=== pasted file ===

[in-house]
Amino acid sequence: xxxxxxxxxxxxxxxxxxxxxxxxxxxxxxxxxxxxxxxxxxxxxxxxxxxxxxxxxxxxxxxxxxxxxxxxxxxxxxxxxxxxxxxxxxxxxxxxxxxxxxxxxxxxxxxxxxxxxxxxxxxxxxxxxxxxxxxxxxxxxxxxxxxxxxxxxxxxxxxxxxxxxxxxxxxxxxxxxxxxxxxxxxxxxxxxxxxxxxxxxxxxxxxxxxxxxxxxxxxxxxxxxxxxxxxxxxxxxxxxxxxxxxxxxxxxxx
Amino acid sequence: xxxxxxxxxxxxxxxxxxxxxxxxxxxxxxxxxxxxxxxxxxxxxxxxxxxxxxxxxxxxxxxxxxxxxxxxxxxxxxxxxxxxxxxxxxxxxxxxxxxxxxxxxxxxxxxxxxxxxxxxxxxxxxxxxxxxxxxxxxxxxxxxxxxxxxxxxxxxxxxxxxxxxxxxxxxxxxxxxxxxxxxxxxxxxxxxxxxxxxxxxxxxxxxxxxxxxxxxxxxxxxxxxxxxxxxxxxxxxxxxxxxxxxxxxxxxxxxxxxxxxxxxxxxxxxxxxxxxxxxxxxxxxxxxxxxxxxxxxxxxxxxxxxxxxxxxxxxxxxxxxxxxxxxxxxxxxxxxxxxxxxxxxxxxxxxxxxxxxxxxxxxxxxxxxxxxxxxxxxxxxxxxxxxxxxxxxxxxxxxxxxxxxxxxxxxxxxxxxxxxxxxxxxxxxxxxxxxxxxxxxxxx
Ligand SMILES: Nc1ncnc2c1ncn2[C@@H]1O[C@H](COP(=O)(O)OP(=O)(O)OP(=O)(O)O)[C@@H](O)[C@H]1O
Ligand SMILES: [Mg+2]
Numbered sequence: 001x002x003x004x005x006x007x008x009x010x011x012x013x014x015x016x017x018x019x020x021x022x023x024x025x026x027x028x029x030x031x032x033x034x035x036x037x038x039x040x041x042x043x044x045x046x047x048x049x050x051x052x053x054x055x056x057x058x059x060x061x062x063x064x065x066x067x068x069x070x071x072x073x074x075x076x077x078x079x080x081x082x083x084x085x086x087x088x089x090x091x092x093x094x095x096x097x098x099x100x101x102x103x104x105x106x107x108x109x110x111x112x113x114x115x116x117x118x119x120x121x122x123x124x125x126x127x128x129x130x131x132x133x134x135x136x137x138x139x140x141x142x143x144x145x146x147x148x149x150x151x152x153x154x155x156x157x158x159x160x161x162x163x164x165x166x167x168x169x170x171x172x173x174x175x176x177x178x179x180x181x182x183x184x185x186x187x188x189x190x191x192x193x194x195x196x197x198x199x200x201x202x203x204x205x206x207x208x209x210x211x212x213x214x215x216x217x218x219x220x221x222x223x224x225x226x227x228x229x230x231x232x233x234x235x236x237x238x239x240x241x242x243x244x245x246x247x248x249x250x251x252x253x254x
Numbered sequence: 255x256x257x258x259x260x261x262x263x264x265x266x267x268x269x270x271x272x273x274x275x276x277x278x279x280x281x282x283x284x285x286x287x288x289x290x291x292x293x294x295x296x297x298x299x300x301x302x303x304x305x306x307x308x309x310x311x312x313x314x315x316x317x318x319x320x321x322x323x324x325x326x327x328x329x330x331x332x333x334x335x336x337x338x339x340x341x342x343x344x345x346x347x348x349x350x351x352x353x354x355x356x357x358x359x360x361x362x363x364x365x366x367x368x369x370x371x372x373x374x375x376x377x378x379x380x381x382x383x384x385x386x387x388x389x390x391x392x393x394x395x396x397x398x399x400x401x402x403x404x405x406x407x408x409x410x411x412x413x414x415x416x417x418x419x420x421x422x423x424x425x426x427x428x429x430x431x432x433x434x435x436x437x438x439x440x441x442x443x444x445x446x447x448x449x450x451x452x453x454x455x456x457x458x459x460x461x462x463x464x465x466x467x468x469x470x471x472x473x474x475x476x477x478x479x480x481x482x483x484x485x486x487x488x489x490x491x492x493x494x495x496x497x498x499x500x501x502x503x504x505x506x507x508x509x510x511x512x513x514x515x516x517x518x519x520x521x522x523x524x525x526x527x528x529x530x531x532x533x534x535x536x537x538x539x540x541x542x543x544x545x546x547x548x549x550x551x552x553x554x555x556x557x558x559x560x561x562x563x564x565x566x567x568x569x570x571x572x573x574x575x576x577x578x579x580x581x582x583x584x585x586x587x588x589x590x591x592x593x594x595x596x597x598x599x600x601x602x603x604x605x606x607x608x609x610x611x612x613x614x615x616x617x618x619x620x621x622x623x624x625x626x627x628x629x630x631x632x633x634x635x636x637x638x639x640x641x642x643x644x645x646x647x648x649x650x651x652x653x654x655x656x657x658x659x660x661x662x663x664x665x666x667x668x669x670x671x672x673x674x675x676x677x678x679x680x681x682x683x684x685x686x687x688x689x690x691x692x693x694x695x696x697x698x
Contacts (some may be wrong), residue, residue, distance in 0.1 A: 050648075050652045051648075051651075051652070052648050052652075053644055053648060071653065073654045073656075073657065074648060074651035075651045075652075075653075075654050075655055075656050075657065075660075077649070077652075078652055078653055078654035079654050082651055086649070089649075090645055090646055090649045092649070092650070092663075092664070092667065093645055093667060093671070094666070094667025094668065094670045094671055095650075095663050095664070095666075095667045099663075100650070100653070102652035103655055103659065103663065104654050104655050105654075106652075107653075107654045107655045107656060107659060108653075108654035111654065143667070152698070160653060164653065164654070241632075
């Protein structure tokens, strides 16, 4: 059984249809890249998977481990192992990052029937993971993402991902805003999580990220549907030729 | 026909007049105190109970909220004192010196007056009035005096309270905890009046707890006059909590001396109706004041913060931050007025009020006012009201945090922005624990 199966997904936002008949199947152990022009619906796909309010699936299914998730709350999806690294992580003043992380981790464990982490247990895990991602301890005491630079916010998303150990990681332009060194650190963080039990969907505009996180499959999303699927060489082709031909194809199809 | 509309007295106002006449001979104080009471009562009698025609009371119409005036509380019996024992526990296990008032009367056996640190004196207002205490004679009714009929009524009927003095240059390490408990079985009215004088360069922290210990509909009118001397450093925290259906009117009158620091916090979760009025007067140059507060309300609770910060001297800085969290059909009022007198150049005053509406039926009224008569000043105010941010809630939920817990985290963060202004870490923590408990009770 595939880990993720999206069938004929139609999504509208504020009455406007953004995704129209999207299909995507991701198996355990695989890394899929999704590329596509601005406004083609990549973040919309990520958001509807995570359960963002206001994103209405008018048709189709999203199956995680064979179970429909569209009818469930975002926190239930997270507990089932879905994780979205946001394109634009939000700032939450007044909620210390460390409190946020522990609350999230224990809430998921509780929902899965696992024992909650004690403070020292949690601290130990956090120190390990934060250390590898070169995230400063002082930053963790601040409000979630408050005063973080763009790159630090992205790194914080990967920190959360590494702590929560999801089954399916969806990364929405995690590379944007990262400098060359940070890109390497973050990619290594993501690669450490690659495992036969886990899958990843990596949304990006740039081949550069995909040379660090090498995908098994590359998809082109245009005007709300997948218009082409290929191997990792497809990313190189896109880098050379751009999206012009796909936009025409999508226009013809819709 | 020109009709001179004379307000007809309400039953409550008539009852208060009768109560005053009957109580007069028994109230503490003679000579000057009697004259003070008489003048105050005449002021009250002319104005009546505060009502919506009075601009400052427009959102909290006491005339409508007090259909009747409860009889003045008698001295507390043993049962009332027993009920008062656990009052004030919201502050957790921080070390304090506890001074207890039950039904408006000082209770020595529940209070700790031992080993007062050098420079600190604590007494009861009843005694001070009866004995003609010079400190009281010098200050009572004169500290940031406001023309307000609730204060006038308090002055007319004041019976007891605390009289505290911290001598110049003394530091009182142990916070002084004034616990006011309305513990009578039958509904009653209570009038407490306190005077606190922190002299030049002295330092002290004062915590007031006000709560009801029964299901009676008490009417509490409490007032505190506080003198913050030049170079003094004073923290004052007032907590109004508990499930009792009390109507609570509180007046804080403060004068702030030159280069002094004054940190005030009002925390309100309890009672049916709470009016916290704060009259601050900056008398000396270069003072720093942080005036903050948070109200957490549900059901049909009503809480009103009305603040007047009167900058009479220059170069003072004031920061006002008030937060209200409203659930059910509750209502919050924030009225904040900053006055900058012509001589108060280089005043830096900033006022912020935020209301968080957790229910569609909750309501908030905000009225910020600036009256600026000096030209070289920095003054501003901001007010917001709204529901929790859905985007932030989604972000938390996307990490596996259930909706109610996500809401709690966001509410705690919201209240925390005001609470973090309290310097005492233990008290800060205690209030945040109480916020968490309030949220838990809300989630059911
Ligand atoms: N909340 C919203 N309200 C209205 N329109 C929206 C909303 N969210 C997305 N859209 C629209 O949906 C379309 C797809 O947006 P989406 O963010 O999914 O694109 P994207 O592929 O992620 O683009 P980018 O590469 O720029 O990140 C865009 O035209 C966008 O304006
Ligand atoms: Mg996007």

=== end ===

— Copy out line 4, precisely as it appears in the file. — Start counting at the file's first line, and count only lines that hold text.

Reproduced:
Ligand SMILES: Nc1ncnc2c1ncn2[C@@H]1O[C@H](COP(=O)(O)OP(=O)(O)OP(=O)(O)O)[C@@H](O)[C@H]1O